It Is Time For Basic Income
This post is Part 1 in a series.
It is time for Basic Income. This idea, endorsed by a range of economists from a variety of political camps, has always seemed more of a distant dream than a reality. But productivity and standard of living increases made Basic Income practical and logical. For the purposes of this series of blog posts, we will be discussing the issue from a US centric lens, but practically speaking much of the world could move this direction shortly.
What is Basic Income?
Basic income is providing every citizen regular, flat cash payments unconditionally. In other words, if you can prove you are a citizen, you get a regular paycheck.
What are the definite benefits of Basic Income?
It is the most efficient possible form of wealth redistribution because there is no bureaucratic overhead needed. More money reaches the poor directly.
It is more equitable than retirement plans, which transfer wealth from young to old.
It enables people to work on only what they want to.
It improves opportunities for individuals to use their Basic Income to get an education, start businesses, or make investments.
The amount of Basic Income could rise over time with productivity & automation growth.
It would enable resources spent on the current bureaucracy to work on other tasks beneficial to society.
It reduces the marginal tax rate for the poor, creating better incentives. Currently, the poorest receive a combination of unemployment, food stamps, and other government subsidies, which often go away if they take a job. Each of these issues create in effect high marginal tax rates. In extreme situations, it means people can go back to work and make less money than before. With basic income, there is more incentive to work, as everything you make is additive.
It should replace unemployment, which is pay to not work, which creates a perverse incentive.
It should replace minimum wages, which incentive employers to reduce jobs.
It reduces political corruption. There are fewer government bureaucrats and fewer spending levers to grant political favored groups favorable treatment.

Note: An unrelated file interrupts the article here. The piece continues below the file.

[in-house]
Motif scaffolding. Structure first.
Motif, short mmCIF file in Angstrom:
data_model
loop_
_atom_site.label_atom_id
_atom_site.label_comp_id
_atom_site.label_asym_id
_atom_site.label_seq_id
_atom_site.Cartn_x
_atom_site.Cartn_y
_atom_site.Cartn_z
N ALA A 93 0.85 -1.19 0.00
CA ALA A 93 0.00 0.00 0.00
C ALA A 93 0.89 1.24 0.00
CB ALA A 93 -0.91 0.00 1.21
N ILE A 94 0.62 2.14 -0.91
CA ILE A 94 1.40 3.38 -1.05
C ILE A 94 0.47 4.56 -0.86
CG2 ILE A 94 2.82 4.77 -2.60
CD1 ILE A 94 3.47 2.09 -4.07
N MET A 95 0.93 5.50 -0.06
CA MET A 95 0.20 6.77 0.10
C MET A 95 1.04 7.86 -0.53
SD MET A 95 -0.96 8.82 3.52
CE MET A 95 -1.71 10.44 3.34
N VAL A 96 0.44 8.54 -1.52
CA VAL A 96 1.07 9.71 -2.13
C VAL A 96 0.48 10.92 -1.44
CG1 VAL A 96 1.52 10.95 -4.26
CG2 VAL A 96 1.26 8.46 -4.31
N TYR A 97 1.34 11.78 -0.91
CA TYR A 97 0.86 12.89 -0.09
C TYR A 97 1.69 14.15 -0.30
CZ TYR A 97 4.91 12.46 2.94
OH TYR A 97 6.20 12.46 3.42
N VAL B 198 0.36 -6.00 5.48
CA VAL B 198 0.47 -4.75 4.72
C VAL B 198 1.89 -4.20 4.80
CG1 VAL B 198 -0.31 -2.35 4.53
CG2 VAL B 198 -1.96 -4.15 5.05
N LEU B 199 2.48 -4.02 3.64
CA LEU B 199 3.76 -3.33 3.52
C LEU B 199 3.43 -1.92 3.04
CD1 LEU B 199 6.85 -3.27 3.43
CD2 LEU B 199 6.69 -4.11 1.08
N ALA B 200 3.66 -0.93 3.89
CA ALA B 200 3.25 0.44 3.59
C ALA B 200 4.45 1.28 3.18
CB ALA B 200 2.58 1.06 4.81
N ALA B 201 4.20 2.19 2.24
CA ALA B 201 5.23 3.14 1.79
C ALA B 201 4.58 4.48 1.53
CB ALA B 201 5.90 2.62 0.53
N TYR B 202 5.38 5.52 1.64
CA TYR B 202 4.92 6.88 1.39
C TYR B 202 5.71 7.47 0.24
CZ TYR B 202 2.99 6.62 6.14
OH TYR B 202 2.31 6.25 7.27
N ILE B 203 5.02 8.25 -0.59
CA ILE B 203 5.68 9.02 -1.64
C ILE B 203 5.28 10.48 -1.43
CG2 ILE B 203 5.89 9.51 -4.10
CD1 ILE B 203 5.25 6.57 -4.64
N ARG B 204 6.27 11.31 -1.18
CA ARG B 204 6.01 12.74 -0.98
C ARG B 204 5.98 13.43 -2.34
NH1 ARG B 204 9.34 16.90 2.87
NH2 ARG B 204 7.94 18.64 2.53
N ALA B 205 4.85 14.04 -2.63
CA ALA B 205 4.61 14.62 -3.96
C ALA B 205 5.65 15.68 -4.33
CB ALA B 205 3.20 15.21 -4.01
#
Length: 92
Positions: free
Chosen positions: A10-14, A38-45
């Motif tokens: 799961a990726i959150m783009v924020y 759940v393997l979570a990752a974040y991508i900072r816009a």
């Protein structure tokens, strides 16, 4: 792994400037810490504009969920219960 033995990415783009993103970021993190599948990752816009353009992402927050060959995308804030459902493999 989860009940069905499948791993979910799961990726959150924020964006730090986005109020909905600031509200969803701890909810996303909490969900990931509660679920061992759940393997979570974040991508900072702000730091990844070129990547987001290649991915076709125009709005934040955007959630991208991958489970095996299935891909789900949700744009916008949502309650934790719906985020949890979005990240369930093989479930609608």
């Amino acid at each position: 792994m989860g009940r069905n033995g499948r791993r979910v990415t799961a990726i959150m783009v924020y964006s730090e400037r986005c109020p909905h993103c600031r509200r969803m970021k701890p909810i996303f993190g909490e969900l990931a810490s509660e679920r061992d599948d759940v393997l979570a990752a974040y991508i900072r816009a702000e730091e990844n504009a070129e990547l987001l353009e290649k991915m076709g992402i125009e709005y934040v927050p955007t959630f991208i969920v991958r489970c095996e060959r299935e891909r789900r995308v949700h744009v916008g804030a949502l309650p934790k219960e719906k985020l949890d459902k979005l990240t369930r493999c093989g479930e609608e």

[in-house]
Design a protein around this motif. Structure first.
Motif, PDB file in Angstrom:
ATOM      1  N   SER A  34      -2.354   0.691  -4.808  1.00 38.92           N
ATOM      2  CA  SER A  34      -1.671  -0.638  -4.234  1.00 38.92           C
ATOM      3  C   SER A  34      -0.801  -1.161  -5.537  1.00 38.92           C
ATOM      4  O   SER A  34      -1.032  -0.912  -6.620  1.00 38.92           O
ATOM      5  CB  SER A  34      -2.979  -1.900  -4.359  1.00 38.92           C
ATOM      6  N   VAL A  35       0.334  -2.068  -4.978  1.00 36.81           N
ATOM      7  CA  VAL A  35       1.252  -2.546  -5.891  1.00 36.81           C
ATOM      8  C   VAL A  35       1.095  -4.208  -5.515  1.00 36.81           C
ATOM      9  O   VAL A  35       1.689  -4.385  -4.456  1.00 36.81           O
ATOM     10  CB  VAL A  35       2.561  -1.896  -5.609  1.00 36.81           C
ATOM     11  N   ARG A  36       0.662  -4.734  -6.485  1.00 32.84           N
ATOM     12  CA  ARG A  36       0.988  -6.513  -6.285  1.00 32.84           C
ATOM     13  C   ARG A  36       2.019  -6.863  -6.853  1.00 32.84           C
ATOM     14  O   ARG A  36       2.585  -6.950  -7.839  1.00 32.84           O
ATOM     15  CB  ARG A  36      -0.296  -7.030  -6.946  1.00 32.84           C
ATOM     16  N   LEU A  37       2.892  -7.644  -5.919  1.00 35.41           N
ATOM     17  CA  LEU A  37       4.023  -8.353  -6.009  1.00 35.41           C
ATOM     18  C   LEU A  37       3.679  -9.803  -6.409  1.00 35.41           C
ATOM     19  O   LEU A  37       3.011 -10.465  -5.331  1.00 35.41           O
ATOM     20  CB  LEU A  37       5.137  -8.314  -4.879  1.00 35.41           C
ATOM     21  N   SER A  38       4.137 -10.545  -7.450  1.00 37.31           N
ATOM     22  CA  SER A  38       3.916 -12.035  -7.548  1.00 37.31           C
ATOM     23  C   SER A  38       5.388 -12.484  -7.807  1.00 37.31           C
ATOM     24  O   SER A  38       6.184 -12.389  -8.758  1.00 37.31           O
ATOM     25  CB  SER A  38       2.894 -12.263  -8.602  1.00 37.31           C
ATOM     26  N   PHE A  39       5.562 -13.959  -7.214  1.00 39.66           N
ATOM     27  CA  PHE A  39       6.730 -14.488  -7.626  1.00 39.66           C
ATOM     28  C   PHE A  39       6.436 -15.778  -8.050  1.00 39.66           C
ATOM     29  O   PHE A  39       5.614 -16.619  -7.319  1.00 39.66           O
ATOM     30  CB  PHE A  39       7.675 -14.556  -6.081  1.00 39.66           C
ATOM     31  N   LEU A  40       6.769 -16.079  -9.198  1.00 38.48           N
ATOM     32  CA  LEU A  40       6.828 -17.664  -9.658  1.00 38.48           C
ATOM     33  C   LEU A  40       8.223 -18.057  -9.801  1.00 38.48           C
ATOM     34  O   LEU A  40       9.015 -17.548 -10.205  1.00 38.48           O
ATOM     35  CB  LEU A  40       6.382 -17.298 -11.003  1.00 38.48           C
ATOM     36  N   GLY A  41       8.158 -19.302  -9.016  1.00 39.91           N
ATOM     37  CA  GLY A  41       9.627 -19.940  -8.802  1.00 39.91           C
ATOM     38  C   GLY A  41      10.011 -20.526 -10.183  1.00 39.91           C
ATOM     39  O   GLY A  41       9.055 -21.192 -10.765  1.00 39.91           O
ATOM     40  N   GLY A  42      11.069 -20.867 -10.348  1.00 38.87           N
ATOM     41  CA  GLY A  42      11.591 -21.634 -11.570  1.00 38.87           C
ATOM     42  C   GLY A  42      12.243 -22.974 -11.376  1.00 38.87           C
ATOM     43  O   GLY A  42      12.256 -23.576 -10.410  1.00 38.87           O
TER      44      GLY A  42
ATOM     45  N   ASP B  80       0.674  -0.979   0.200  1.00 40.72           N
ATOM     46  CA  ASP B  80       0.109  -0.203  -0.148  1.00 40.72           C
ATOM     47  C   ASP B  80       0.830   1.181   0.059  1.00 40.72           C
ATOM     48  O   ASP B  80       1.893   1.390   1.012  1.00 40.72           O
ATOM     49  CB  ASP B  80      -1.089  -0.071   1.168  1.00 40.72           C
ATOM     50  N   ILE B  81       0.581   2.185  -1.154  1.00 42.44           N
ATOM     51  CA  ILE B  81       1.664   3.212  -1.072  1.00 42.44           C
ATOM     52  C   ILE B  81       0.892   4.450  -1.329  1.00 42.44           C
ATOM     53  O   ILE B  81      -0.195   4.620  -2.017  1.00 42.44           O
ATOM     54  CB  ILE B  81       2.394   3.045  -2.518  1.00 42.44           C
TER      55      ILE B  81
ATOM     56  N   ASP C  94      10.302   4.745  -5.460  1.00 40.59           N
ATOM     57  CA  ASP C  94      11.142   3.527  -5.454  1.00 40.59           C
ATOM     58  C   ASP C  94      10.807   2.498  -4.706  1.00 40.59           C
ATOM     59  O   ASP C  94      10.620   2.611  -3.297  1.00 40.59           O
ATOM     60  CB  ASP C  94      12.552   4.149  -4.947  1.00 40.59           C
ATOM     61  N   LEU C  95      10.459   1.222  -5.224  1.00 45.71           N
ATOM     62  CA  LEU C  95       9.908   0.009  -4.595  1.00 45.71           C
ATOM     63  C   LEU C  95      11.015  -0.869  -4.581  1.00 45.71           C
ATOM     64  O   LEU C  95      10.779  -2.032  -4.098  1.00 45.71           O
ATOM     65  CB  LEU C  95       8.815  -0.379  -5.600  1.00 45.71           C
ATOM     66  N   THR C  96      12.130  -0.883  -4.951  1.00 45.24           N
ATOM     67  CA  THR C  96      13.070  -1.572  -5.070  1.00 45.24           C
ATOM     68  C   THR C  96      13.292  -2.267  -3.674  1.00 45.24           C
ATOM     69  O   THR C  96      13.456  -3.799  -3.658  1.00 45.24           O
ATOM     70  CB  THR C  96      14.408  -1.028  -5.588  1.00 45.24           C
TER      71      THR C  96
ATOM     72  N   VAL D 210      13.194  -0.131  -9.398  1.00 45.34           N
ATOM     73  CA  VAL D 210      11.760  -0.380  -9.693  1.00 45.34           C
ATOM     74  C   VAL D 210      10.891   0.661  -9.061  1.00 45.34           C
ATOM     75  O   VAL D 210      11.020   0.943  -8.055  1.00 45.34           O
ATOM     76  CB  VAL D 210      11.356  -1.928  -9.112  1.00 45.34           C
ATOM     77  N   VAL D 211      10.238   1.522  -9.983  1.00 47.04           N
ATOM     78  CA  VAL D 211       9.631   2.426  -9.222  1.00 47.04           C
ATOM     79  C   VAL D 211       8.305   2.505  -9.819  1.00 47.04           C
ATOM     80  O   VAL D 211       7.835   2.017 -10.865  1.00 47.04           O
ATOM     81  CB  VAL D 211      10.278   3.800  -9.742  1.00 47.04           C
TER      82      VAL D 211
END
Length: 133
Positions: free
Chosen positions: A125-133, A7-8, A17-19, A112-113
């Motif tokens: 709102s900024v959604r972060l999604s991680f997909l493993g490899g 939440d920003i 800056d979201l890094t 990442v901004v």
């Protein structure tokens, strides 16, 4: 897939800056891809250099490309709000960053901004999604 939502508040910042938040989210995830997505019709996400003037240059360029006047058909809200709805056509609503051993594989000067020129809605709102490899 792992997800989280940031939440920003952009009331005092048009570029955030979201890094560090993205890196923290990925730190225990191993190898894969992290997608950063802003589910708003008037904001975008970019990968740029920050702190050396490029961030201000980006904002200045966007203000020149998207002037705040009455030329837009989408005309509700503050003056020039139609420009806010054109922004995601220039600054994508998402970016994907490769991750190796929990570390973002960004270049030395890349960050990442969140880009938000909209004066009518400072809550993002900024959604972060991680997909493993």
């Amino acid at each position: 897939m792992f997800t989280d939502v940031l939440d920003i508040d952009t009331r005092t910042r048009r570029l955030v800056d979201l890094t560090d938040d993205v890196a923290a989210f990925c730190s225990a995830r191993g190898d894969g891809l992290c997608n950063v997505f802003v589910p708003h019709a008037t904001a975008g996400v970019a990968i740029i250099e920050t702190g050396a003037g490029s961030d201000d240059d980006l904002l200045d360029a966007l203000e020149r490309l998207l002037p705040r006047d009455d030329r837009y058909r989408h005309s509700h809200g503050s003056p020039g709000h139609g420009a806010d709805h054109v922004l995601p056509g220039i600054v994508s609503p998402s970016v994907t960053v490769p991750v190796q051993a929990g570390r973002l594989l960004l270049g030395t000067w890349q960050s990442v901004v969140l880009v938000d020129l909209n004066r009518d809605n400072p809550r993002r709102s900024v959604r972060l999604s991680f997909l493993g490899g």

What are probable benefits of Basic Income?
It would provide a more stable consumer purchasing base, stabilizing the economy.
It would reduce crime as a result of lower levels of desperation, particularly among the youth.
Isn’t this socialism/communism etc?
There are people who conflate redistribution with market mechanisms, such as people who say Income Redistribution’s Logical Conclusion is Communism. In reality, redistribution and centralized spending are only perfectly aligned at the extremes. The below graph shows how when you have something between “pure capitalism” and “complete redistribution”, you can opt to provide more or less redistribution in a more or less centralized fashion.
Neither pure capitalism nor complete redistribution exist in the world today. Unfortunately, “centralized redistribution + capitalism” has proven to be the most common middle ground, with varying degrees of redistribution. This isn’t surprising. Public choice theory theorizes that political elites want to control the distribution of assets in order to increase their power and influence.
Centralized spending mechanisms have generally been proven to be inferior to market based methods of allocating resources at scale. For example, centralized redistribution has failed to effectively cure poverty, despite spending $20,610 per person below the poverty line. In general, decentralized market based mechanisms have proven to be the more effective means of allocating resources and motivating people to optimize around growth. Combining income redistribution and decentralizing spending would solve poverty today.
What about pure capitalism + charity?
While people could theoretically survive off the charity of others, advanced artificial intelligence and robotics are likely to increase the portion of the population who are unemployable. As a society, we would have to be very generous indeed to support an ever increasing population of the unemployable.
The term “unemployable” is a part of the problem. There is no fundamental reason that humans should have to work after automating most of life. We should prefer to live in a world where nobody has to work to survive. Enabling most of our race to live a life of leisure should be something we strive for. People are passionate, with diverse interests. We expect to see a flourishing of culture, science, and progress in a world after Basic Income.
There can be a healthy debate about the amount of redistribution that is appropriate in a society. However, society wins incredibly if we implement Basic Income.
Next Post: What is the right amount of Basic Income?
In my next post, we will talk about what seems like a reasonable starting Basic Income in the US.Blog comments powered by Disqus
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